Blowfish Sushi To Die For 2170 Bryant St./19th St., Mission Disctrict. A row of chefs is always busy here rolling out the sushi menu. The Ritsu, with two kinds of raw tuna, and the flash-fried Crunchy California are among the most popular versions. Tempura shrimp is exquisite, and sake is the best way to wash it all down. For dessert, try wasabe ice cream.
Cinderella Bakery & Cafe 436 Balboa St./5th Ave., Inner Richmond.
second Cliff House, 1896; image courtesy of venue
Cliff House 1090 Point Lobos Ave., Outer Richmond District. Perched solidly at the edge of the Pacific on Point Lobos bedrock, this historic treasure holds the only ocean-front restaurant in San Francisco. It has been around for quite some time, since 1863 to be exact, but in four different renditions--it twice burned to the ground and most recently went through a major update completed in 2004. More detailed history. Though all the changes the structure has always housed a restaurant, and it has been part of the Golden Gate National Recreation Area since 1977.
Elegant Sutro’s is housed in a new 2-story wing with floor-to-ceiling windows and features an American seafood menu. You can’t go wrong with crab cakes and butterscotch pots de crème. Hard-wired remote control Venetian blinds control the glare.
The more casual Bistro serves a less expensive menu that includes omelettes, sandwiches, and fish and chips.
While here, visit the Camera Obscura. Leonardo daVinci’s 16th-century invention was probably a popular tourist attraction in the 1700s and 1800s. This reproduction was built here in 1946 and was once part of the now defunct Playland-at-the-Beach. It uses a 10-inch mirror and two opposing plano-convex lenses to focus a live image of the shoreline outside onto a 6-foot parabolic screen inside. Rotating slowly, it presents magnified views of Ocean Beach, Seal Rocks, and crashing Pacific waves. The personalized tour is both entertaining and educational. Fee.
Visible from shore, barking sea lions and brown pelicans share space out on historic Seal Rocks. They can be seen with just the naked eye or viewed through an antique telescope. However, there are now more birds than seals since the seals got smart and moved to Pier 39--where there are no sharks and more food.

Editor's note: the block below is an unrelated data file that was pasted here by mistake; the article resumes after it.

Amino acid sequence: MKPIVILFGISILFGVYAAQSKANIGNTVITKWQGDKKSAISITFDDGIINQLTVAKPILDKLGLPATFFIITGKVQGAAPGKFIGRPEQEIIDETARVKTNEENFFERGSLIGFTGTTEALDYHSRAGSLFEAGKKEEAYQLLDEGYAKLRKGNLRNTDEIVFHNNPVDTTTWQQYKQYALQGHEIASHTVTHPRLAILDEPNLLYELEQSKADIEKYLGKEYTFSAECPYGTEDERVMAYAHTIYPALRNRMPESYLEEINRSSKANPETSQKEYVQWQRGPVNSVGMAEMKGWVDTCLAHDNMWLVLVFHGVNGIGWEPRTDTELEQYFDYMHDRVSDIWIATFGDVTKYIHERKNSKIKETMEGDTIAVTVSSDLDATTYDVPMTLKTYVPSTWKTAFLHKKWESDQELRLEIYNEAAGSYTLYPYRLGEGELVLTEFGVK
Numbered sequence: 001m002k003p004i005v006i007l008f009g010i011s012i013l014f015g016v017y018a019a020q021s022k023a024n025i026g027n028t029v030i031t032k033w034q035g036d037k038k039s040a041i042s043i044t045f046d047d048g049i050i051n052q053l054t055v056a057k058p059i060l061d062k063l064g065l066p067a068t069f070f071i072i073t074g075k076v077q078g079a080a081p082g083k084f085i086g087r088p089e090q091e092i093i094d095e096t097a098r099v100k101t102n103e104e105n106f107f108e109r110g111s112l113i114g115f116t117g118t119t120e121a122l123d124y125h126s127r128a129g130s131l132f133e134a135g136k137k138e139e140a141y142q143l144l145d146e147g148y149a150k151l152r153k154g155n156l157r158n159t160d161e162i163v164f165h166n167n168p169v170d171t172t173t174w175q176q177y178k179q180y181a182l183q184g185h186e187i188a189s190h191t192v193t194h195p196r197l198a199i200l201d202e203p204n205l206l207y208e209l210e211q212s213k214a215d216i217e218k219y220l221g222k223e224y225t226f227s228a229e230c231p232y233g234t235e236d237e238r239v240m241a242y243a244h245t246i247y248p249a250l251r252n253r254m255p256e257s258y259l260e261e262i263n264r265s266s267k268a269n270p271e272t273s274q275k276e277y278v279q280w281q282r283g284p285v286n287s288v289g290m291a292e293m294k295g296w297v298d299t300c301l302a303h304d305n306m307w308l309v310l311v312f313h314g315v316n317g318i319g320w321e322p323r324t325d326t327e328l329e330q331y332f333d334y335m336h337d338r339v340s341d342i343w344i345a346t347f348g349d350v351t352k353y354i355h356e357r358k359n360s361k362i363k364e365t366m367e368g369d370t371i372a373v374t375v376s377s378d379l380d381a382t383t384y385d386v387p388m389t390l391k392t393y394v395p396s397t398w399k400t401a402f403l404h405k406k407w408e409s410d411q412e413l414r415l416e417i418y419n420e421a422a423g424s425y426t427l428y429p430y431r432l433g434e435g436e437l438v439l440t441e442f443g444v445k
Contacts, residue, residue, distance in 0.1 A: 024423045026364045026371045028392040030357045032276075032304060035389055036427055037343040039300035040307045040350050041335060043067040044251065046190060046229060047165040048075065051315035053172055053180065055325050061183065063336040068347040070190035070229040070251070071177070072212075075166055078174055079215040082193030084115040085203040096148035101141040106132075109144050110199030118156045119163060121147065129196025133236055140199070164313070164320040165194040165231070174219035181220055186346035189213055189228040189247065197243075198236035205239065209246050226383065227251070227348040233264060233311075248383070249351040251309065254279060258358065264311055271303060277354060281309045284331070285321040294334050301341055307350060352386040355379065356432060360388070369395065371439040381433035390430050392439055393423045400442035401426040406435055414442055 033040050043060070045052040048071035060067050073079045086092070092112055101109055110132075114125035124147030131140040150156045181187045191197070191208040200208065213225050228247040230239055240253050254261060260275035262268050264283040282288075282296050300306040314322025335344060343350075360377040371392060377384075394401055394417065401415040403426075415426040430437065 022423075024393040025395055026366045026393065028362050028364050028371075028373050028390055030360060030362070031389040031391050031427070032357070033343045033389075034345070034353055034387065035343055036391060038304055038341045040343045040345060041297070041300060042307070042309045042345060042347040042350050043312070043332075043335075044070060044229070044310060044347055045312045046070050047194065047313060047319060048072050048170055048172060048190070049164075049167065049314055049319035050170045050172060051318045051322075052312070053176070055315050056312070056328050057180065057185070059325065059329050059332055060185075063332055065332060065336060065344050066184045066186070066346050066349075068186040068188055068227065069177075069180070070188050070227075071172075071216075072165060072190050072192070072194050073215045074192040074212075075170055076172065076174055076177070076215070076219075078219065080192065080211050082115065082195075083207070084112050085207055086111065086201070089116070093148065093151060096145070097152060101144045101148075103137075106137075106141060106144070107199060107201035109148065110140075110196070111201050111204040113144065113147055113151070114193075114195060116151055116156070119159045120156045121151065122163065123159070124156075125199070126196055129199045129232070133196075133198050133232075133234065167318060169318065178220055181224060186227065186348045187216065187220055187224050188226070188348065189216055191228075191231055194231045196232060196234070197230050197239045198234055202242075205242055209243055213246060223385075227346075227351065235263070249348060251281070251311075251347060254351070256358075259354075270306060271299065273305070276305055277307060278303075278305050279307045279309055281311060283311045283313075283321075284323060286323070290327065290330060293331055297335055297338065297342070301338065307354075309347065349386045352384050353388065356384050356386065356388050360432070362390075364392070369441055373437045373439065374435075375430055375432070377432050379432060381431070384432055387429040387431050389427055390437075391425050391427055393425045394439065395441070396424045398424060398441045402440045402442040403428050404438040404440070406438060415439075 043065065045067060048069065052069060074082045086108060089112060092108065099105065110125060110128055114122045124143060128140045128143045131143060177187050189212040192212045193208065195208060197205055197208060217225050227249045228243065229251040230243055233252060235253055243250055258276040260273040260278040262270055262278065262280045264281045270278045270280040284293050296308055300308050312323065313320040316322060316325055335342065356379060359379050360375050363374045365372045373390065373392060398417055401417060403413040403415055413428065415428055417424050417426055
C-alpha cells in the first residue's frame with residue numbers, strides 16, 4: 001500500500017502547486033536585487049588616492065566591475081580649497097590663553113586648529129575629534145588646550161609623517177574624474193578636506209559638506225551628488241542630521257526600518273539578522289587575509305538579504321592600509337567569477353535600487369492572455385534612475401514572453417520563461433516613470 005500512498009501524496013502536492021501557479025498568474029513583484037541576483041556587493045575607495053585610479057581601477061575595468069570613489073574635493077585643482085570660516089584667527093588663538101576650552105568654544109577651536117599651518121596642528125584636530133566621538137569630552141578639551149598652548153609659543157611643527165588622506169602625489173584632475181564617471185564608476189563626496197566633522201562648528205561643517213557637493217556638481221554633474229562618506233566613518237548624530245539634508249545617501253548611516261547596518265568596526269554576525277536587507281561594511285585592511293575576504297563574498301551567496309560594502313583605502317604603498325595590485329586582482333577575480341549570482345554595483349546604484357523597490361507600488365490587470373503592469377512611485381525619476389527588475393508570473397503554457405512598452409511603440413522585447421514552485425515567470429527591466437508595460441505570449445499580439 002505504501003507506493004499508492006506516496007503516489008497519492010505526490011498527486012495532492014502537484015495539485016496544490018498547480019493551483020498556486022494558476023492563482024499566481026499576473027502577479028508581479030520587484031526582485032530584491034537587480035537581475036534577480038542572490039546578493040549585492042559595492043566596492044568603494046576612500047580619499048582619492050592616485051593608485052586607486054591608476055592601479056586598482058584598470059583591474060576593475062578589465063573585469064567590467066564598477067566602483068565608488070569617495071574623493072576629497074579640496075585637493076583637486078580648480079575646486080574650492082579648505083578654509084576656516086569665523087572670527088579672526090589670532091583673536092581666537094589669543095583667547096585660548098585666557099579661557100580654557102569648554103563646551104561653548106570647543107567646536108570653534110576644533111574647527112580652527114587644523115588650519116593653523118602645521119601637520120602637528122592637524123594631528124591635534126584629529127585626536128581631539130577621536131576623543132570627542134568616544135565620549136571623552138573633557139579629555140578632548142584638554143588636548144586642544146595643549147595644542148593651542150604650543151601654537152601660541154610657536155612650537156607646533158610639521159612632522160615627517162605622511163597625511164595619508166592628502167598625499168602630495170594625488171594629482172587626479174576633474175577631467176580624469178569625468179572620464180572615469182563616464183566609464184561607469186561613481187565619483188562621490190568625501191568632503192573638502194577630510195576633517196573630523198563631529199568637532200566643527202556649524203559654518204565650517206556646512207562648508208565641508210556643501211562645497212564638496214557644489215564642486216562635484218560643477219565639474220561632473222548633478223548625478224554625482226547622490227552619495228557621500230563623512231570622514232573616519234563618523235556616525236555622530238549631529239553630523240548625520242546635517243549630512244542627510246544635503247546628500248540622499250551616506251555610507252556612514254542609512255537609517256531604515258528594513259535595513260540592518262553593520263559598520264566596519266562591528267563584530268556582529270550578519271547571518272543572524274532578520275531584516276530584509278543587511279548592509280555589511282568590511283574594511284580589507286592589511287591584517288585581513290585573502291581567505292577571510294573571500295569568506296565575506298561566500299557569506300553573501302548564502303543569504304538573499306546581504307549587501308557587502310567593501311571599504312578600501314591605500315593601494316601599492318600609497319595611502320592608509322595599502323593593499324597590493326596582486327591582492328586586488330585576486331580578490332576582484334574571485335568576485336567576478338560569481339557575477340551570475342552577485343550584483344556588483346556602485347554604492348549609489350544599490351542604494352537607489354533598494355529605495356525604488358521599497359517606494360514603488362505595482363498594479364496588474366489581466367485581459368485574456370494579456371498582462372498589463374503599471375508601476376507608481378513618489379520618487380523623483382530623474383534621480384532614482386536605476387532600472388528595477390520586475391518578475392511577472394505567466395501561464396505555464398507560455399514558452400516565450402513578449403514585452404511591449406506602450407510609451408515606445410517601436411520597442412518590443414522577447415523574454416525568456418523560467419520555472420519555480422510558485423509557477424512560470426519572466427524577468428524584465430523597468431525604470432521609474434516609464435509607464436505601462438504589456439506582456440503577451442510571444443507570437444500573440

Scenic trails leading to the Sutro Baths ruins—it was once the world’s largest indoor swimming pool complex--and to Land’s End begin on the bluffs above to the east, which now is home to a labyrinth.
Cordon Bleu Vietnamese Restaurant 1574 California St./Polk St., Nob Hill, (415) 673-5637. Cash only. One of the oldest Vietnamese restaurants in the city and under the same management since 1976, this petite venue has just a few counter seats and tiny tables. From the counter, diners can sip a complimentary mug of hot tea while watching their meal being prepared. Satisfying one-plate meals consist of a large scoop of rice topped with light tomato-based meat sauce and a choice of a deep-fried imperial roll, a tasty barbecued beef satay (listed on the menu as shish kebab), or barbecued five-spice chicken.
dim sum restaurants
District San Francisco 216 Townsend St./3rd St., near AT&T Park, SOMA/China Basin/South Beach.
El Mansour 3119 Clement St./32nd Ave., Outer Richmond District. Upon entering the double doors of this Moroccan restaurant, diners are encased in another world. Cloth is draped from the ceiling in the intimate dining room, giving occupants the illusion of being inside a sultan’s tent. Floors covered with plush oriental carpets and hassock seating at low tables of inlaid wood add to the sensuous feeling. After diners select an entree from the fixed-price menu, a waiter in a long caftan appears to perform a ritual hand washing. Hands are gathered over a large metal pot placed in the middle of the table, then splashed with warm water. When the first course arrives--a tasty lentil soup--diners drink it right from the bowl, since no eating utensils are provided unless requested. A housemade Moroccan bread accompanies it. The next course is a salad plate of spicy marinated rounds of carrots and cucumbers plus a delicious mixture of tomatoes and green peppers and eggplant puree meant to be scooped up with the bread. Then comes bastela--a fragrant pie containing a sweet chicken and almond mixture wrapped in flaky filo pastry and sprinkled with powdered sugar. Entree choices include seafood, rabbit, couscous, and shish kabob, as well as succulent roasted chicken and tender stewed lamb topped with almonds, honey, or prunes. Tangines (stews) are another option. Dessert is fried bananas with honey and a repeat of the hand-bathing ritual. And finally the waiter pours mint tea, skillfully and beautifully, from up high. Belly dancers perform nightly.